The mobile lay on the kitchen counter, the screen light blazing. Then it went off. Zuzannah swallowed down the sour taste rising in the back of her throat. She picked up the phone, swiped the screen and re-read the message.
You don’t belong here.
It was from an unknown number, but she recognised it. It was the same number that sent her a series of hostile messages over the last month. All the messages were listed in conversation mode. At first she ignored it, but it was starting to bug her. She tried to think who it could be, who in her network could have her number. Her stomach twisted at the thought of it being someone she might know. She shook her head to clear her thoughts. She had to stay calm. They, whoever they were, would not get to her.
It could be anyone. Her number was not exactly top-secret. It appeared on notice boards and contact lists of organisations where she volunteered. Her heart sank. She planned on volunteering until she got a job. Despite applying everywhere, job prospects were dismal for people like her. They didn’t say it in so many words, but she understood. The interviewers asked if she would remove her headscarf for the job. Her answer was “No”, and she guessed so was theirs. None of them got back to her.
Katy Perry started singing You held me down, but I got up. Already brushing off the dust. Zuzannah flinched at the sound of her mobile ringing in her hand. She peeped at the screen and smiled.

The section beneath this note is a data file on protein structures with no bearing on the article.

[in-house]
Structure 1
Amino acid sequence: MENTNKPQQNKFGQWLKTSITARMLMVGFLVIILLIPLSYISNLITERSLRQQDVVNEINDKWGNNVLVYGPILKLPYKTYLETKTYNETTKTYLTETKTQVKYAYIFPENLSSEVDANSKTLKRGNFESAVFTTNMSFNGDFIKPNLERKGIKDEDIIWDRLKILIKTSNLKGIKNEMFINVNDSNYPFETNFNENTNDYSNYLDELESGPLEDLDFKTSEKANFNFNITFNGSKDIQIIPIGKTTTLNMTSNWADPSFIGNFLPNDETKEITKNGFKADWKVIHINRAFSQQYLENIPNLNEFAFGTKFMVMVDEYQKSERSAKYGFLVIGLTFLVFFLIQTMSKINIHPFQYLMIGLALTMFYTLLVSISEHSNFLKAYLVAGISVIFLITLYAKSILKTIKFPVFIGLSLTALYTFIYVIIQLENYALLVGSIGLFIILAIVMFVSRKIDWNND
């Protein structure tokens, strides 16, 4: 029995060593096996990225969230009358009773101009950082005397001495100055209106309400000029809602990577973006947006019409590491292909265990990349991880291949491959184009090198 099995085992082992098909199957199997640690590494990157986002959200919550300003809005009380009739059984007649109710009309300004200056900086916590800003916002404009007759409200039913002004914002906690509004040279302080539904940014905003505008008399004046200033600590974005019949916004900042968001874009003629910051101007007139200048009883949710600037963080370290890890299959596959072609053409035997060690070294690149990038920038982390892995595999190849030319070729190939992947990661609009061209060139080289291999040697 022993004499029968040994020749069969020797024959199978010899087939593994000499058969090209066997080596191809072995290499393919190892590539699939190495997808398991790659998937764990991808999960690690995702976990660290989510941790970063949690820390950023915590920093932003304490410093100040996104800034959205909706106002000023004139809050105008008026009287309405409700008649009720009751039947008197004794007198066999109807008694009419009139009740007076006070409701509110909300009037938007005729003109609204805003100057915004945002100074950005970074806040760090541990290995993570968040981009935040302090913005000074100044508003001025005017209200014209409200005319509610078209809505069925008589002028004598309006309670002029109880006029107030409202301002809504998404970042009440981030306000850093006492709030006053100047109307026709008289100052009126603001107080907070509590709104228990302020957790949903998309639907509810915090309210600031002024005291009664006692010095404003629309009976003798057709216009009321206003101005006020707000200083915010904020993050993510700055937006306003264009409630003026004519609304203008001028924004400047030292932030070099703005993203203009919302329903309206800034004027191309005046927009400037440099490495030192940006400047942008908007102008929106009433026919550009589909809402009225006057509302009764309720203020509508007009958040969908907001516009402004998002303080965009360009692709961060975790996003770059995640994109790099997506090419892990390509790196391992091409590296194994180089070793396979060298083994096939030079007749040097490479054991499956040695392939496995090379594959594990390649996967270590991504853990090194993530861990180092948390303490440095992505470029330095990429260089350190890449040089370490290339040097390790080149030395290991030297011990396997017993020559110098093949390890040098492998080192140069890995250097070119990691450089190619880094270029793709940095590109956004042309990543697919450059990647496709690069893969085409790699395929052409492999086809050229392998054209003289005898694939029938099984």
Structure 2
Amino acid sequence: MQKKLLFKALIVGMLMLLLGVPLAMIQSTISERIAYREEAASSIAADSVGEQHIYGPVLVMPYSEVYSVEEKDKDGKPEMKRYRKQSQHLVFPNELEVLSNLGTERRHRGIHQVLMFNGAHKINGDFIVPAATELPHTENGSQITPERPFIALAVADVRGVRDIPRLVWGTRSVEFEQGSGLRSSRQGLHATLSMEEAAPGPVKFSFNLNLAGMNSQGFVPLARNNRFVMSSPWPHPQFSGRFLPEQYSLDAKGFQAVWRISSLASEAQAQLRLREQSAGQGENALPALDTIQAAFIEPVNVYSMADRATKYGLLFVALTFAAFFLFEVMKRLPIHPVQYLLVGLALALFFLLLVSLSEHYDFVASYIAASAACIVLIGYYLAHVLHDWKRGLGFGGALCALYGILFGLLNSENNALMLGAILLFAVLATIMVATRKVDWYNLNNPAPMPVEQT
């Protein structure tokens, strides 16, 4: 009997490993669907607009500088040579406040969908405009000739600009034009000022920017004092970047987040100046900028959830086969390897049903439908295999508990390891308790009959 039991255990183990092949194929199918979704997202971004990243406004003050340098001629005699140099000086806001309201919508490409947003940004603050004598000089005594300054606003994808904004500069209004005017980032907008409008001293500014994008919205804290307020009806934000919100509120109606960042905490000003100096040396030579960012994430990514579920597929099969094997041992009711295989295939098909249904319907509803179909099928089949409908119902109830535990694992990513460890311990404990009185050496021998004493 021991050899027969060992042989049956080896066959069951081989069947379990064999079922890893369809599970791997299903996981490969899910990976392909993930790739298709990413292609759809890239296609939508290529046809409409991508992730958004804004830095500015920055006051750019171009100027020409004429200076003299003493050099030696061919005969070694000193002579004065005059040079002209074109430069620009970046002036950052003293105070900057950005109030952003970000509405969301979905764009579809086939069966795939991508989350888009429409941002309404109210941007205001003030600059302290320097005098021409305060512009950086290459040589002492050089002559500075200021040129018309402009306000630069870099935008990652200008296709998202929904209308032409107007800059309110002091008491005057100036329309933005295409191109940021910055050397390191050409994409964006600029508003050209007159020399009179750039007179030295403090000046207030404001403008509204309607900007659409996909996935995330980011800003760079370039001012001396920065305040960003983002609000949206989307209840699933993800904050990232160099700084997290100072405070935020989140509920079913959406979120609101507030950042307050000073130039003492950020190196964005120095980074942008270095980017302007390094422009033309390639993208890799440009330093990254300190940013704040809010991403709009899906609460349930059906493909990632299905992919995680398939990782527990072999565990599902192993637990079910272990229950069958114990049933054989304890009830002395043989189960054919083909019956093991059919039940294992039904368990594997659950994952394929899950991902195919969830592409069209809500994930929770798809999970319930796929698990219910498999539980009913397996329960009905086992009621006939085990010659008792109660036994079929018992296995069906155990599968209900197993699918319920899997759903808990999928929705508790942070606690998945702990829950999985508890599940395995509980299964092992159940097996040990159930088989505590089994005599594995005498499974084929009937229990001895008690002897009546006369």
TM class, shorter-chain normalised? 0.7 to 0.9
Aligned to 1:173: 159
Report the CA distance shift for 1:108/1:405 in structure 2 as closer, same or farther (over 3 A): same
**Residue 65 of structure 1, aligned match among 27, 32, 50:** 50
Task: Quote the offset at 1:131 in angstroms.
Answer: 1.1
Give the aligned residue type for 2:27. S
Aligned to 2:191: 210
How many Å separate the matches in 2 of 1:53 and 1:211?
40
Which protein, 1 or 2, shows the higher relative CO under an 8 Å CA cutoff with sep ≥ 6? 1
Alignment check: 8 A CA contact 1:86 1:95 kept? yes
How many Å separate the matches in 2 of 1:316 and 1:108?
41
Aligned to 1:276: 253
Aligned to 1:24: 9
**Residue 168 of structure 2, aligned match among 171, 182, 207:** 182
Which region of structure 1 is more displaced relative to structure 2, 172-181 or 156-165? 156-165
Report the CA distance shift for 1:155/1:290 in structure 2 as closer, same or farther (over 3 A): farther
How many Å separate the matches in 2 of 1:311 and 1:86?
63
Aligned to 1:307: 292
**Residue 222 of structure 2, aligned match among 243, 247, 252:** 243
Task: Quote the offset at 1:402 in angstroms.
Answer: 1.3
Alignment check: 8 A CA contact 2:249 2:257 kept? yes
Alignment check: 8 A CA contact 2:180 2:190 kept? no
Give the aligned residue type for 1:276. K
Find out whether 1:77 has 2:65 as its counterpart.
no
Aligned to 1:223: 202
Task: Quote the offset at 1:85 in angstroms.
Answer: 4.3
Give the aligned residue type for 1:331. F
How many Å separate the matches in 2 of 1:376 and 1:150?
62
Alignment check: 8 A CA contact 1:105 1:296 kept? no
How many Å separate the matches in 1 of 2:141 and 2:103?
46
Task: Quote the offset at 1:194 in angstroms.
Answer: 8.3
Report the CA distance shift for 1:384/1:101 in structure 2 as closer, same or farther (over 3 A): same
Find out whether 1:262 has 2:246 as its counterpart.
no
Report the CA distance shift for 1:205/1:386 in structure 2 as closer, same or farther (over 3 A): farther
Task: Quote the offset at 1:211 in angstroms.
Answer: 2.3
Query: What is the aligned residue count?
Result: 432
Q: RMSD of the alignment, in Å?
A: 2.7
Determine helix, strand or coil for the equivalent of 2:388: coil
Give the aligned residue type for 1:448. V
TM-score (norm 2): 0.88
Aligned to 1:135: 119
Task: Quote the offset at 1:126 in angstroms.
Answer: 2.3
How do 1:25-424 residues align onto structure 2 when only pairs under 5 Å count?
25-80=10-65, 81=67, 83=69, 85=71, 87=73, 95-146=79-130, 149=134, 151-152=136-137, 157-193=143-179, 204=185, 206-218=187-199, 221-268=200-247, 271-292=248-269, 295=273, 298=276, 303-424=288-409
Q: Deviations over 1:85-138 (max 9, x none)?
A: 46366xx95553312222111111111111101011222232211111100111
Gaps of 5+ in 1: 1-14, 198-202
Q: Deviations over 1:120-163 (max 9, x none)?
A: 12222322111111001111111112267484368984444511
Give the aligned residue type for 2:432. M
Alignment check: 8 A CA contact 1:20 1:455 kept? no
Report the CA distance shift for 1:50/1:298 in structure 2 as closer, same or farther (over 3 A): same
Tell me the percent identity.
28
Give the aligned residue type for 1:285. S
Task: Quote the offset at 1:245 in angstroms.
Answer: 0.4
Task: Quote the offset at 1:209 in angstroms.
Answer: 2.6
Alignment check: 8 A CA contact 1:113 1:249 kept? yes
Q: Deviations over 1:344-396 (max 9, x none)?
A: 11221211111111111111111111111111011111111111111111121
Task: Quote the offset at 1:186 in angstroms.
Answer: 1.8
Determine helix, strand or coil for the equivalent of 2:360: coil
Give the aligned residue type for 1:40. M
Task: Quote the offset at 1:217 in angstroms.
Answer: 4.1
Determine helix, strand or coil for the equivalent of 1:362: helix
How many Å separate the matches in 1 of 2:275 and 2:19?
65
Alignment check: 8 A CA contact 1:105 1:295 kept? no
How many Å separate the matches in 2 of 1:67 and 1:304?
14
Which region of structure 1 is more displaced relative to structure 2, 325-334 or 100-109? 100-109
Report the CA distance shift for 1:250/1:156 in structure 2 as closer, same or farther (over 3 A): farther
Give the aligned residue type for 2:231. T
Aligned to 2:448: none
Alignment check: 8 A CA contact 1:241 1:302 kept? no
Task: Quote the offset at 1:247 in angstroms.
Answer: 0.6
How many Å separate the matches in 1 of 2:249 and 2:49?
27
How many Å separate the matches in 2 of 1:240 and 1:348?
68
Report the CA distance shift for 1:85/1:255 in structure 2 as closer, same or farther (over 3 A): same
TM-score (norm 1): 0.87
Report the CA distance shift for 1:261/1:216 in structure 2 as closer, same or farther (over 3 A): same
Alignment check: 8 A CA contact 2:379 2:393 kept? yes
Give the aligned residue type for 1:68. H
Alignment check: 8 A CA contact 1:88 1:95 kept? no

“Hi Zoë!” A pause. “Oh sorry, I got… delayed. Is it ten o’ clock already?” She glanced at her watch and hopped off the kitchen bar stool. “I’m on my way. Give me five minutes.”
She grabbed her purse off the kitchen counter and jolted out the door. The anonymous messages were getting to her. She had forgotten about their weekly Saturday brunch. Zoë was already at Ethiopia Cafe and she was not happy.
“You know I don’t like waiting!” Zoë threw her hands up in the air when Zuzannah entered the cafe. Parting palm leaf fronds and bead curtains, she made her way to Zoë’s table.
“Yeah, I know. Sorry. I’m here now.” She tried her sweetest smile and patted Zoë’s shoulder.
Zoë rolled her eyes and kissed her friend, once on each cheek and one more, middle-eastern style. She sat down, picked up her cigarette from the ashtray and laid her elbow on the table so that the cigarette rested near her face. She studied Zuzannah with her kohl rimmed eyes.
“You okay?” she took a deep drag. “You look flustered.” She blew out smoke and it hovered like a cloud.
“Do you mind?” Zuzannah waved smoke out of her face. “I’m flustered, because I basically ran all the way here.”